Sammy is the founder and CEO of YuLifethe life insurance company that provides life insurance, wellness and rewards in one simple app.
Decades of economic development on fossil fuels have cost the environment. Of the 1.2 million people in 50 countries who investigated by the United Nations Development Programme (download required), 64% recognize climate change as an emergency, and more than half of this group agreed that action to halt climate change should be an urgent priority. This is a feeling that I’ve noticed is starting to permeate global business as well.
But it’s not just companies that are taking climate change more seriously. As public discourse continues to shift in favor of climate action, job seekers and employees alike want to work for companies whose sustainability values match their own. This further stimulates demand for environmental, social and corporate governance initiatives in the workplace.
As more companies put investment and resources in ESG frameworks, the question remains: what do employees really expect from their workplace and where should companies focus their ESG energy?
Why the business ecosystem needs to adapt
More and more consumers and other stakeholders today hold companies accountable for their environmental and social responsibility. A report by Unily (registration required) found that 83% of employees feel their employer was not doing enough to be more sustainable and tackle climate change, and 65% said they would be more likely to work for a company with a robust environmental policy.
A questionnaire conducted by YouGov and my company, YuLife, of 2,093 UK adults found that 42% of respondents are more likely to choose a company with environmental initiatives than one without. Thirty-seven percent said they would avoid working for a company with “poor green credentials,” and 62% of survey respondents said they would value their company more if it invested in climate-positive efforts.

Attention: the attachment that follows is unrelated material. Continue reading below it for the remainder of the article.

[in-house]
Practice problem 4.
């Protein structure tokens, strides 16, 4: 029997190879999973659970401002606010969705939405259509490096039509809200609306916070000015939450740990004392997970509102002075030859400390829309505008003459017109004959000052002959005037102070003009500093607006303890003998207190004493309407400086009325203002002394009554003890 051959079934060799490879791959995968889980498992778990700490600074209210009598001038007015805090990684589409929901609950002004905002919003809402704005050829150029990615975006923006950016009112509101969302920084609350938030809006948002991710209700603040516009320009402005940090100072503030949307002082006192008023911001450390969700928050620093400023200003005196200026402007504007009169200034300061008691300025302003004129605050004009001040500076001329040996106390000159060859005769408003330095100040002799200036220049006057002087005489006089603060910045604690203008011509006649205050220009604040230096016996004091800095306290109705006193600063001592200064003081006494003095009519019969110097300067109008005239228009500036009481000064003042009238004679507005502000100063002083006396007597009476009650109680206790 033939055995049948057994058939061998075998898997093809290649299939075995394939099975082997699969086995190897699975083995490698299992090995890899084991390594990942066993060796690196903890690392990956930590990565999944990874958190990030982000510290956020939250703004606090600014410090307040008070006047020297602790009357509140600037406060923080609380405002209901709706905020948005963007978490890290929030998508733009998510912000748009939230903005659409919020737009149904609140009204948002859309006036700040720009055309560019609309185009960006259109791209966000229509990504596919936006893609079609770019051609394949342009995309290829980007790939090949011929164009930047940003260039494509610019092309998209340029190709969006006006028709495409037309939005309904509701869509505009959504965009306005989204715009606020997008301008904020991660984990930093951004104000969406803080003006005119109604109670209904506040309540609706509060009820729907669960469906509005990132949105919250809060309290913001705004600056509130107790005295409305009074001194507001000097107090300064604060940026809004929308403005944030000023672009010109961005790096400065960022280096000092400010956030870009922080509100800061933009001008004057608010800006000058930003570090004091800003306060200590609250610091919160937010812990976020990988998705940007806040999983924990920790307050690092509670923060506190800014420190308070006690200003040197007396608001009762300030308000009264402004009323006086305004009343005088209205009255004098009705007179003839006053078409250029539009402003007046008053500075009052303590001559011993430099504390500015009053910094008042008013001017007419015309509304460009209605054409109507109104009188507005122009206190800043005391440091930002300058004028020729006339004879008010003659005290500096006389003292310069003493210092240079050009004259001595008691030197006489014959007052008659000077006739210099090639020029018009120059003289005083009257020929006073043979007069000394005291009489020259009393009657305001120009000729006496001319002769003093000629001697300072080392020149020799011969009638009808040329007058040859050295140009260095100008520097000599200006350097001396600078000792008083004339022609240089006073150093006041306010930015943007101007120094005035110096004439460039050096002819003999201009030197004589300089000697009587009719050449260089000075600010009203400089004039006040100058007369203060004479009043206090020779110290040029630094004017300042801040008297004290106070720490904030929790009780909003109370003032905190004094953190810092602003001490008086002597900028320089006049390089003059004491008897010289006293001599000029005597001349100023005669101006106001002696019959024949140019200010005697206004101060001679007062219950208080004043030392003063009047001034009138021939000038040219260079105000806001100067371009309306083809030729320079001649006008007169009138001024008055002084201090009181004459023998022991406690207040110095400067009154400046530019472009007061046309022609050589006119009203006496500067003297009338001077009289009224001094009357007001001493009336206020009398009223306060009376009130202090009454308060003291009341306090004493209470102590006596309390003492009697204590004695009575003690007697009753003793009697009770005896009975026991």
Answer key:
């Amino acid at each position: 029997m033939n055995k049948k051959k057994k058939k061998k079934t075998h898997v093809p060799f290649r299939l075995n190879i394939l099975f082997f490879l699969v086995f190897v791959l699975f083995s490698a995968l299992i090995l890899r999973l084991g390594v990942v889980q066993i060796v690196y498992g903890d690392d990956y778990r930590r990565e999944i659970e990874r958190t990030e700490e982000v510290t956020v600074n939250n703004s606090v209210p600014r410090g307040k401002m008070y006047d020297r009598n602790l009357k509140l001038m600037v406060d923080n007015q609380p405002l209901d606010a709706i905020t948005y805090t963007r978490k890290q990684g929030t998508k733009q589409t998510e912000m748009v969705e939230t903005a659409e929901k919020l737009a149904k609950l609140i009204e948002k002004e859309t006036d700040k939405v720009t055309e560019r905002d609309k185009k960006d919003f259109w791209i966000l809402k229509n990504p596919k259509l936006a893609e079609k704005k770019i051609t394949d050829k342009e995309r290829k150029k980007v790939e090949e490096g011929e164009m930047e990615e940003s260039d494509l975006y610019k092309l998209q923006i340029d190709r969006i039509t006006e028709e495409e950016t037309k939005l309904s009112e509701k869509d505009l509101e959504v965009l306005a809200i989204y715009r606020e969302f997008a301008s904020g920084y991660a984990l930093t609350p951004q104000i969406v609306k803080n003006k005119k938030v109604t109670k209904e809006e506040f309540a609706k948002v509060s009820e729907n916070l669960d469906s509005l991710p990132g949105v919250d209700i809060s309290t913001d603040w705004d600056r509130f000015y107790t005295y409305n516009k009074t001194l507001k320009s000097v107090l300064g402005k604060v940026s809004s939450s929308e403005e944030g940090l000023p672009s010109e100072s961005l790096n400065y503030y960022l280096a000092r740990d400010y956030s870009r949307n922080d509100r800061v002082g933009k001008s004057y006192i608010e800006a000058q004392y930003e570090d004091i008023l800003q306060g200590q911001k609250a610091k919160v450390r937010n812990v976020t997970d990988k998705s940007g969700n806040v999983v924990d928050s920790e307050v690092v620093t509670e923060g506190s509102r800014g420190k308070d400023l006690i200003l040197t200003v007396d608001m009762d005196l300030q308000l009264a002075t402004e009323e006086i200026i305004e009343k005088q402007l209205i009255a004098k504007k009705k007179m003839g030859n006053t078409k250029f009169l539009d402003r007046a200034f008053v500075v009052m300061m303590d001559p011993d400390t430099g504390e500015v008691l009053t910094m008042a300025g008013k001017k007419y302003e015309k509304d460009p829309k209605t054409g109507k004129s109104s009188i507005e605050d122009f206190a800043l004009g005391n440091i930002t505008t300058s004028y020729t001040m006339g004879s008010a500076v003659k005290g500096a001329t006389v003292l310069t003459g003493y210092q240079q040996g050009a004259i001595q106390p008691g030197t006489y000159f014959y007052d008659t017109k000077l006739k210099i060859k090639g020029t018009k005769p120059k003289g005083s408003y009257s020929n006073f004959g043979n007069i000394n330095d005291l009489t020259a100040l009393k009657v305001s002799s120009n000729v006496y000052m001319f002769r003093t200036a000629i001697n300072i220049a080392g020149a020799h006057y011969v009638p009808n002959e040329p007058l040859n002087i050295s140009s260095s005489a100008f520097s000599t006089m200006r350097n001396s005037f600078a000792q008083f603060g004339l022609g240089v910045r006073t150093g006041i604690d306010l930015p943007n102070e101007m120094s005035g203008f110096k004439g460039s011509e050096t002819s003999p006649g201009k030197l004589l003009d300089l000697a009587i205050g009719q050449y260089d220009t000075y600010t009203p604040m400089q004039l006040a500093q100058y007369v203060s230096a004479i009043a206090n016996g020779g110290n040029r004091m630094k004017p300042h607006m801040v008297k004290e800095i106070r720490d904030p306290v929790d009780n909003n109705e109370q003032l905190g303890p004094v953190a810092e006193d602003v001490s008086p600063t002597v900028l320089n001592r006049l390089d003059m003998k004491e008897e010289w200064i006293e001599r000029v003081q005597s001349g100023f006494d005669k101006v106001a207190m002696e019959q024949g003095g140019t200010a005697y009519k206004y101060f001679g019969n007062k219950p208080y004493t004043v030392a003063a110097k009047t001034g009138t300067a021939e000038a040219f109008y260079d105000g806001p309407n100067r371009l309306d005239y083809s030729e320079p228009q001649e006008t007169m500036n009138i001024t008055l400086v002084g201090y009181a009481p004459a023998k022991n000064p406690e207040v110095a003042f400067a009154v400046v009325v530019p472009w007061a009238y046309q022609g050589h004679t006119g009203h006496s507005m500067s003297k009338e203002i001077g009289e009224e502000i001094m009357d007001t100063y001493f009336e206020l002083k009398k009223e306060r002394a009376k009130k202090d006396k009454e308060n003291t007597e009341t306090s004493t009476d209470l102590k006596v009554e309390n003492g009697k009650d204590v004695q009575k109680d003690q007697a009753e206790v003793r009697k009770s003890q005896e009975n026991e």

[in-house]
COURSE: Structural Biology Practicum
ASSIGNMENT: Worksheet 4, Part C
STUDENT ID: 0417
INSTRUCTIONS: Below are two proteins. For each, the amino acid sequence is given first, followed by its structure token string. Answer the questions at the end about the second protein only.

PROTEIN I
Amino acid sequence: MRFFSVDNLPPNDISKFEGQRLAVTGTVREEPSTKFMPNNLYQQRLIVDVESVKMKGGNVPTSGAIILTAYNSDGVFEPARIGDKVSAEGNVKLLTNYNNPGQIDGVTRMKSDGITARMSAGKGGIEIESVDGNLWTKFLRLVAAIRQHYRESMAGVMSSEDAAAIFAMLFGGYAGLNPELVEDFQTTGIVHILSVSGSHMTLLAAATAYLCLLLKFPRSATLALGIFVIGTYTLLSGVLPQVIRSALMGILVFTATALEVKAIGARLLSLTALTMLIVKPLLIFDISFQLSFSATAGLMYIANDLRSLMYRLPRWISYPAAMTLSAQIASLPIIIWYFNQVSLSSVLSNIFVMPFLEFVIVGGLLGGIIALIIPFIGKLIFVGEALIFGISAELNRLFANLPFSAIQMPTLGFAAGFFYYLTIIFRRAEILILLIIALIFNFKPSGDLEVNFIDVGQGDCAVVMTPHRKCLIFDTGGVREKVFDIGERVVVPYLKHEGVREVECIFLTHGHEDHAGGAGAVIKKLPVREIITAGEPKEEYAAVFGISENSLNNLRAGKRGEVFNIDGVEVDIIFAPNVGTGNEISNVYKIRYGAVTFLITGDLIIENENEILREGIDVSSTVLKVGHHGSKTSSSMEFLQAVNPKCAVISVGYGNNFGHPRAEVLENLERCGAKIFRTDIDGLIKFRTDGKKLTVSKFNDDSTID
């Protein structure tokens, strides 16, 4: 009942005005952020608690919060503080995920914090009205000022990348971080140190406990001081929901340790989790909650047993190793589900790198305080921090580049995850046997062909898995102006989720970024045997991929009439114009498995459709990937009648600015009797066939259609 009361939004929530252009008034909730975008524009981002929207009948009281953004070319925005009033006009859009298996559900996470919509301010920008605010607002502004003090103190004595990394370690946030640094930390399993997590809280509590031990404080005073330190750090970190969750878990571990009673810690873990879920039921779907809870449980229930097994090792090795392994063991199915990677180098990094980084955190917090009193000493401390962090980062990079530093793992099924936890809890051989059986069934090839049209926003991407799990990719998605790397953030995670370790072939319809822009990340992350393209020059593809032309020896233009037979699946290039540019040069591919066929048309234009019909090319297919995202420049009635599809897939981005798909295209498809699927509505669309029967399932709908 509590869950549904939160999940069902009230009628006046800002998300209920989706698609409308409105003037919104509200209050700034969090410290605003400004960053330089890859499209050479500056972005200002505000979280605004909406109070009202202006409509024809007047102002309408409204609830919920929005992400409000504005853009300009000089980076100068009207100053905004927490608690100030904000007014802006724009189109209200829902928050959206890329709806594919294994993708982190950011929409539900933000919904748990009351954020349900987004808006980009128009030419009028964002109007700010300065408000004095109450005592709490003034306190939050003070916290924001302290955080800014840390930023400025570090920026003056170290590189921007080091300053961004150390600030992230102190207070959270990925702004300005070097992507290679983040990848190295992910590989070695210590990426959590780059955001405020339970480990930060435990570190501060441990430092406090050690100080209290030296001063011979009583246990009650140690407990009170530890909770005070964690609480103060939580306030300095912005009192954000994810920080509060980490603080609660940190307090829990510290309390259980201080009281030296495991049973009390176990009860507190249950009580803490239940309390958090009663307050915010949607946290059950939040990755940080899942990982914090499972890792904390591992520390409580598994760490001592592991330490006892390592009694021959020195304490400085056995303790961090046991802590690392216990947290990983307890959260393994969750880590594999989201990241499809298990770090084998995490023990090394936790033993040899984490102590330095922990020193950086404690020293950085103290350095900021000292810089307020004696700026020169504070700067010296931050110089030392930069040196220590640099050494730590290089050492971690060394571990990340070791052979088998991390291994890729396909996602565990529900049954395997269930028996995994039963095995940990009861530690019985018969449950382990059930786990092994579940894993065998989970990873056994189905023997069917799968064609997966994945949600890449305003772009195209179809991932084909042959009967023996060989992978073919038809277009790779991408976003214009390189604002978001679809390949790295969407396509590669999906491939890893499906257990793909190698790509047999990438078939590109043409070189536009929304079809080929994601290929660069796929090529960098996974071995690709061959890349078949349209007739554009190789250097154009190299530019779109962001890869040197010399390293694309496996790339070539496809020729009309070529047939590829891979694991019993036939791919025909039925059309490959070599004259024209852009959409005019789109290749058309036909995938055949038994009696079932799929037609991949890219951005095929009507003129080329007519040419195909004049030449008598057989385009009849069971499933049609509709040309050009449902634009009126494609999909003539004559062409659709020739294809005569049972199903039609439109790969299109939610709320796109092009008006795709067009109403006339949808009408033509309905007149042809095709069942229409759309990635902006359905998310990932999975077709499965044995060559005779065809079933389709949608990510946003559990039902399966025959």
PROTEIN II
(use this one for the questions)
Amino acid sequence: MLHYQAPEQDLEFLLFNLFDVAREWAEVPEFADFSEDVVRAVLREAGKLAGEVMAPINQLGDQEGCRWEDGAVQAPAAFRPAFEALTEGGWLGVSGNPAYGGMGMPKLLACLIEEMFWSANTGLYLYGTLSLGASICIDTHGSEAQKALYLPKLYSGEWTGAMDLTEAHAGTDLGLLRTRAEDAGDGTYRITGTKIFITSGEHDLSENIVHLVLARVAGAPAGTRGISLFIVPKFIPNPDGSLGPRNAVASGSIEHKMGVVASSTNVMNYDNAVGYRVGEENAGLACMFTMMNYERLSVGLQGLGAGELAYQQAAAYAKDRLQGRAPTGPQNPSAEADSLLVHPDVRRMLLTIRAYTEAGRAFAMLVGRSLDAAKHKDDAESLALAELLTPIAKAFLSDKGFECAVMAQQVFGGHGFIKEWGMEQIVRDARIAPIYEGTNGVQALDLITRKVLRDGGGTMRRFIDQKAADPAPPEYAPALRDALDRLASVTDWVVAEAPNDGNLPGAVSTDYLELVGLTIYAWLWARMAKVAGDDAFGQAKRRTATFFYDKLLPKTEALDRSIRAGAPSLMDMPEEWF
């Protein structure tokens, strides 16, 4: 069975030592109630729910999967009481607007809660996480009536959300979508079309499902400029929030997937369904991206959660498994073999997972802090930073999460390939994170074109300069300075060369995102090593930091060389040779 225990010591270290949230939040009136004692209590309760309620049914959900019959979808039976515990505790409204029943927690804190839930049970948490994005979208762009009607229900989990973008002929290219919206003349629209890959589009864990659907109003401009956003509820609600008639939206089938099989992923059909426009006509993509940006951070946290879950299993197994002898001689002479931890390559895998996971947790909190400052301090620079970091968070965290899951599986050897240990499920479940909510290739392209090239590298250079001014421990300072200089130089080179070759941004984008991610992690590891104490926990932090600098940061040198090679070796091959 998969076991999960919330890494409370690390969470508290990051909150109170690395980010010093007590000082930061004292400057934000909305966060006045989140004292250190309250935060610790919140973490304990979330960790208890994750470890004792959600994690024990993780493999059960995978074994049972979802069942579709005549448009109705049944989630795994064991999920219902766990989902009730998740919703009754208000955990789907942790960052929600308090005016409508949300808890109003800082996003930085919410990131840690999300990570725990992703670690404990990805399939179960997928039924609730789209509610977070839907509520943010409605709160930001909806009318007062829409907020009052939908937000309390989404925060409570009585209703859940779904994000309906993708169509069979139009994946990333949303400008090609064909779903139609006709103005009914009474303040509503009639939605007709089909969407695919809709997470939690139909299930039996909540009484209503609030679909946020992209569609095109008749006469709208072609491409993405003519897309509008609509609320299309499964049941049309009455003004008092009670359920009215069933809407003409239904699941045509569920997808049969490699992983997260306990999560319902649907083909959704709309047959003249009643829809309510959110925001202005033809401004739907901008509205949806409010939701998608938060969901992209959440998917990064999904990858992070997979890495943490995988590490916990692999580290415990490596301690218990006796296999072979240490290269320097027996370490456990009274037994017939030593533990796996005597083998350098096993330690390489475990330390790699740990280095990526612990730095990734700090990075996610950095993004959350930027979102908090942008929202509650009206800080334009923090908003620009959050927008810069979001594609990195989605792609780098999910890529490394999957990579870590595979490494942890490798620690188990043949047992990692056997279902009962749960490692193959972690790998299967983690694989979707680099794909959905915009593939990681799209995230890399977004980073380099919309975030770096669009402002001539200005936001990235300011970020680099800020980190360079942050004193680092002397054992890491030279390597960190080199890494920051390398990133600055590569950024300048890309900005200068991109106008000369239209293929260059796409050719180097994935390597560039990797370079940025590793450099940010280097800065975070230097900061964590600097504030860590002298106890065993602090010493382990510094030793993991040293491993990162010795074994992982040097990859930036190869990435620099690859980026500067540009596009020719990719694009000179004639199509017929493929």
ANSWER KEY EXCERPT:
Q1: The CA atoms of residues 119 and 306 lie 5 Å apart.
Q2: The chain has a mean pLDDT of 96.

Yet nearly 20% of respondents don’t believe their company is promoting positive impact on the world – a figure that skyrockets to 75% for respondents ages 18 to 24. This raises a red flag for the business ecosystem, as talent is increasingly prone to pass up companies – and even earn lower wages—in favor of working for a company that reflects their values.
How to get started
Shrinking your carbon footprint or volunteering your time for a noble cause can be a huge undertaking, especially for those who are self-employed and have family obligations. But it doesn’t necessarily have to be that way. You can have your green cake and eat it too by engaging in sustainably oriented activities in the workplace. Indeed, companies can combat climate change by promoting activities that benefit the environment and society.
Companies should see this more as an opportunity for growth than as a burden. At my company, I believe in creating clear and tangible incentives for people to make small behavioral changes that are good for the environment. Working with an organization that helps companies reduce their carbon footprint, my company started offering members the opportunity to spend the virtual currency they earn from wellness activities on planting trees. Since its launch in October, this has become the second most popular reward on our app.
There are steps big and small that companies can take when launching sustainability or ESG initiatives in the workplace. This can range from conducting employee awareness campaigns or asking employees how they can improve their sustainable work practices. Sharing ideas for green activities makes employees feel involved and valued in the process.
You can also try reducing your company’s use of single-use plastic and replacing those items with reusable options. You might even consider investing in office plants that absorb toxins from the air; help create a calm, happy environment; and increase productivity.
The good side of history
In the wake of the “big layoff,” job seekers tend to choose a workplace that best suits their ethics and priorities, not just salary expectations. It is critical that employers recognize this societal shift if they are to retain motivated and enthusiastic employees and be on the right side of history.
After all, employees are the lifeblood of any business, and today a mismatch in company and employee values creates more problems for companies than they may realize.
ESG strategies are essential for both hiring and retention, meaning that embracing sustainability initiatives can benefit all parties inside and outside the office.